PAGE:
21 January 2019

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Posted by admin on June 16, 2017
Surakarta is proud of hosting one of the oldest museums in Indonesia: Radya Pustaka Museum. This museum was established by Kanjeng Raden Adipati Sosrodiningrat IV on 18 October 1890. At that time, the museum used Panti Wibawa, a building in the Kepatihan Complex. Now, the building is used as the Office of Surakarta Prosecuting Attorney. It was at this building where Surakarta published the first monthly magazine: Sasadara. 
On 1 January 1913, the museum was moved to the present location on Jl. Brigjen. Slamet Riyadi, that used to be the residence of a Dutchman Johannes Busselaar. Maintaining the original building, the room lay-out is different from other museums. Only the bathrooms are modified to make more display spaces. 600words. 
The building used to be the storage of all the official letters of Surakarta Kingdom. As time passes by, more documents other than letters are also kept in the building, including some classical manuscripts. Today, Radya Pustaka Museum has more than 10,000 collections, including 173 stone and bronze statues. In addition, the museum also stores such historical heritage as weapons, office equipment, kitchen utensils, and also some ancient souvenirs. 
In the yard of the museum, there is a statue of Rangga Warsita, a great poet who lived in Surakarta in the 19th century. Entering into the building, the first room encountered is a space that displays various types of puppets. Not only the various types of puppets Indonesia, such as Wayang Purwa, Wayang Gadog, Wayang Madya, Wayang Klithik, Wayang Sukat, and Wayang Beber, various puppets from abroad are also displayed in this room, such as Wayang Nang from Thailand. On 7 November 2003, UNESCO designated wayang as an intangible cultural heritage of humanity.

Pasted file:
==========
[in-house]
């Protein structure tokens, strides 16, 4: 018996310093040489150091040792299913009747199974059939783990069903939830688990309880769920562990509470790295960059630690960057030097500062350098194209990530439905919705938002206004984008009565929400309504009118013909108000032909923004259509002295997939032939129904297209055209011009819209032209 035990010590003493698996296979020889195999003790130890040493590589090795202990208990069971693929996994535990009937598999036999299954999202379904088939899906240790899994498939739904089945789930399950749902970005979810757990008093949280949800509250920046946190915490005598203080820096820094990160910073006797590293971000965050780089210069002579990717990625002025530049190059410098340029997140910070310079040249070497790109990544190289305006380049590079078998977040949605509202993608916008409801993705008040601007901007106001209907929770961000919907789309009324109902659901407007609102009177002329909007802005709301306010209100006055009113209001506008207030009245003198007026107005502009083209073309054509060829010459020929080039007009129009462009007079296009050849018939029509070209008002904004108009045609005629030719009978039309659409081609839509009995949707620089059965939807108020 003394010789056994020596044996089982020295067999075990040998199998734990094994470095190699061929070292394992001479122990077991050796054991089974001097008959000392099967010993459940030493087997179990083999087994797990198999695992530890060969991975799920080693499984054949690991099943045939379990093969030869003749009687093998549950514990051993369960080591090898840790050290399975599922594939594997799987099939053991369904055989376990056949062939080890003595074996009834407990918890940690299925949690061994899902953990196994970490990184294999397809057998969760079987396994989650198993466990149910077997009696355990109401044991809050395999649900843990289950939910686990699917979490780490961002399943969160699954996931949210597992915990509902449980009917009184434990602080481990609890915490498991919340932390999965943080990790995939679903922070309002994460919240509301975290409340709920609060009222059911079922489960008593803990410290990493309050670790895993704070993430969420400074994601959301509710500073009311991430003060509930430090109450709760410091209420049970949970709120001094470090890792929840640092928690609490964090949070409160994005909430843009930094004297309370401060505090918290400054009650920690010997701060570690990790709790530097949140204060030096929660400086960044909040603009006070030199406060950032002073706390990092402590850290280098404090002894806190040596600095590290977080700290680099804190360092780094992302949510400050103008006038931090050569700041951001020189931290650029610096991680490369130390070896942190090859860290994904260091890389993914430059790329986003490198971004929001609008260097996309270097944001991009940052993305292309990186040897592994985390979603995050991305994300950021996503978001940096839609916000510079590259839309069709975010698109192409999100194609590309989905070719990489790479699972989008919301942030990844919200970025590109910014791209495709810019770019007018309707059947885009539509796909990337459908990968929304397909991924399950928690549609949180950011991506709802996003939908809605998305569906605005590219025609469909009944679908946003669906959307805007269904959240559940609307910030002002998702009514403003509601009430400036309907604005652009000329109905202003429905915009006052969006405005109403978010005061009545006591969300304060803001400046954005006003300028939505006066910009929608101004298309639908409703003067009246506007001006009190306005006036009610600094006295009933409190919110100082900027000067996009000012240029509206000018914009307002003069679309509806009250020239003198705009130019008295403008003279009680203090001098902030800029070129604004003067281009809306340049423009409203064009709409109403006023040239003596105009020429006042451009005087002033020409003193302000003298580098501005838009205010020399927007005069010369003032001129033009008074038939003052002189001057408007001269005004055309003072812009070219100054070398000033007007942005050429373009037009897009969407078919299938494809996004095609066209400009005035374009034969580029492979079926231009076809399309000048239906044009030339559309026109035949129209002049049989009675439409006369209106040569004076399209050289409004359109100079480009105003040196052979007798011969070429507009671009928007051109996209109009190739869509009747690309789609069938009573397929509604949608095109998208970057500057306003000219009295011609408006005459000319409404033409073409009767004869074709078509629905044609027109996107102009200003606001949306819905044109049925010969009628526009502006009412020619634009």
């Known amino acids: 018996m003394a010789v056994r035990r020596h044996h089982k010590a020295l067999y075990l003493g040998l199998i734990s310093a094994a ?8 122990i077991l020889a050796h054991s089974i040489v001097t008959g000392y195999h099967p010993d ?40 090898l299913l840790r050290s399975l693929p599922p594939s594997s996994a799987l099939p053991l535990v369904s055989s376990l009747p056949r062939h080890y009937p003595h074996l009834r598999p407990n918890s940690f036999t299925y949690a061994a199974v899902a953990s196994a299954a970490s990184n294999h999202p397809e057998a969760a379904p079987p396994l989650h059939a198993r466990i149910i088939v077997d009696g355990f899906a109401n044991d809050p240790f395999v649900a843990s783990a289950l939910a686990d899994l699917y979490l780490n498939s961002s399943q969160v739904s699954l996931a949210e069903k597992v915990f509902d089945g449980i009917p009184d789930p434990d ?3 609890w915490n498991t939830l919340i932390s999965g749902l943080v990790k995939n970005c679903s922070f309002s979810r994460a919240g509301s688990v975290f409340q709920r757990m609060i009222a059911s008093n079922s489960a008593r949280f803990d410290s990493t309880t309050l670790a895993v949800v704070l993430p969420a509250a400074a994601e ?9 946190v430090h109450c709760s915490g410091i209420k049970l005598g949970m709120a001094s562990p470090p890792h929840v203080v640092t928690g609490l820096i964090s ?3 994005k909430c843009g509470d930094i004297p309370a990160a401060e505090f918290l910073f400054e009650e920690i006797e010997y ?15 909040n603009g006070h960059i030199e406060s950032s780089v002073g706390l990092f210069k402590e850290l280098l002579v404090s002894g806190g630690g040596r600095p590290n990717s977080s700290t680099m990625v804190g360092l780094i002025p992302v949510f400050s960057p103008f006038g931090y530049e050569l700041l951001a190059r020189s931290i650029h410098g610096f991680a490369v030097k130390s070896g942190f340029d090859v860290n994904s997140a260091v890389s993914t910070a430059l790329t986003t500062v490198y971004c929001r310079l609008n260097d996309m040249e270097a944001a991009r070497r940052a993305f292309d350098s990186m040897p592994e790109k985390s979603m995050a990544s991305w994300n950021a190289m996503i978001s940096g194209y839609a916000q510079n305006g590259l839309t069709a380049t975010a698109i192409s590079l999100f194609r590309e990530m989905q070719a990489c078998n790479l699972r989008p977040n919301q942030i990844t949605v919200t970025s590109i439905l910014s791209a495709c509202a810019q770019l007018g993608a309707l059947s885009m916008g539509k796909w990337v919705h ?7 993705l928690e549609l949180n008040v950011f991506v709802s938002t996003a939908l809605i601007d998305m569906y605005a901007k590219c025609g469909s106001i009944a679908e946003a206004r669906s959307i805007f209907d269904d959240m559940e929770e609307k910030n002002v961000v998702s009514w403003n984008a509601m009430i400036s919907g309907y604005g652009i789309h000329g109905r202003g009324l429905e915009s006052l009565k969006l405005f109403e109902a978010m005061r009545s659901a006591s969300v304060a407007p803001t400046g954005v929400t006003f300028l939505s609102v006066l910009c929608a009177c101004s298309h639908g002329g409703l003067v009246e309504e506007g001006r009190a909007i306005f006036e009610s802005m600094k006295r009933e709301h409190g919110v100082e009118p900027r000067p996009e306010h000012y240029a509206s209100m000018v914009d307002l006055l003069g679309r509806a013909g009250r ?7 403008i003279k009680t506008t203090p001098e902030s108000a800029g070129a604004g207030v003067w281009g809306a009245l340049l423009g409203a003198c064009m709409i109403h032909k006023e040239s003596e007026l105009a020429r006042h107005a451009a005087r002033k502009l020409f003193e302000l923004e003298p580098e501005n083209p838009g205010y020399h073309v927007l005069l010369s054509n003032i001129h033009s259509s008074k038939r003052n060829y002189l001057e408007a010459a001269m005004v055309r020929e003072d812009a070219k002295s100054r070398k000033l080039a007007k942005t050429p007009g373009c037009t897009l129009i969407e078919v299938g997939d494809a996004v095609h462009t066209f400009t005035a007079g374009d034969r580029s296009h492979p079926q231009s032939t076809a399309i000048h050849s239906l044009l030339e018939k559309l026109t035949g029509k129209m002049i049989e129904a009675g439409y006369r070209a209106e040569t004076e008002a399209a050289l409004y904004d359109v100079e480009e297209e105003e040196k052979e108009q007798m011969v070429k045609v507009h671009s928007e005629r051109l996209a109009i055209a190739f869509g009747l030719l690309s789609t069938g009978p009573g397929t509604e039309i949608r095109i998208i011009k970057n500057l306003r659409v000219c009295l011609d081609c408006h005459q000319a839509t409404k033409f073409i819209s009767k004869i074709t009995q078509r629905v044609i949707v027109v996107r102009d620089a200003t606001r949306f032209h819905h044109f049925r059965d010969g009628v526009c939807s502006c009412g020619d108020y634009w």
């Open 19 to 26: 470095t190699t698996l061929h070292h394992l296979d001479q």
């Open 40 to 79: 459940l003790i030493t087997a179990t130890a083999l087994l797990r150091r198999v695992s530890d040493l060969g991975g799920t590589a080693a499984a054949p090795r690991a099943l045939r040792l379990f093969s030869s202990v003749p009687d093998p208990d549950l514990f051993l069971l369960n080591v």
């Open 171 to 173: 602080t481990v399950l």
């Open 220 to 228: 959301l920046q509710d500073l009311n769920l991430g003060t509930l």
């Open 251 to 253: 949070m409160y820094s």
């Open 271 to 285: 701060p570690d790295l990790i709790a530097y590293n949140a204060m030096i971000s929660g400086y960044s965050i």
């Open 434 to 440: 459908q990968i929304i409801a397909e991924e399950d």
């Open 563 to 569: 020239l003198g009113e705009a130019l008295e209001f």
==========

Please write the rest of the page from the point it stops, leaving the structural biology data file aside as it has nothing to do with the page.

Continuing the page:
The next room is a space for Tosan Aji or precious metal. This room displays various weapons made of metal, statues, and miniature of Joglo, the typical house of Central Java. One the special weapons is Keris, that has been included as the Masterpiece of Intangible Heritage of Humanity by UNESCO on 25 November 2005. The third room displays various types of ceramics. Most of the ceramics stored in this space is a relic of the Dutch colonial period. One wall of this room displays a variety of sewon plates; the plates especially made to commemorate the 1,000th day after the death of a person, usually a royal member. The word sewon derives from the root sewu, a Javanese word for a thousand. 
The next room is library. The document collection of the library is mostly in Dutch or Javanese. Few of them are written in Bahasa Indonesia. While the collections are not for loan, the museum provides a spacious reading room for the visitors. The fifth room is for bronze-made collections, like statues and gamelan, a set of Javanese traditional music instruments. Some other gamelans are also displayed in the other room, including the one belonging to Kanjeng Raden Adipati Sosroningrat IV, the founder of the museum. 
The next room is the room for Rojomolo, a statue of the head a giant figure as the king of the sea. The statue was made by Sri Paku Buwono V. The statue was originally installed at the front part of the kingdom boat. It was the boat that was used to to pick up a young lady from Madura who later became the consort of Sri Paku Buwono IV. Later, Sri Paku Buwono V and Sri Paku Buwono also used the boat to pick up their consorts from Pamekasan and Bangkalan. 
Radya Pustaka Museum is open from Tuesday to Sunday, from 8:30AM to 1.00PM.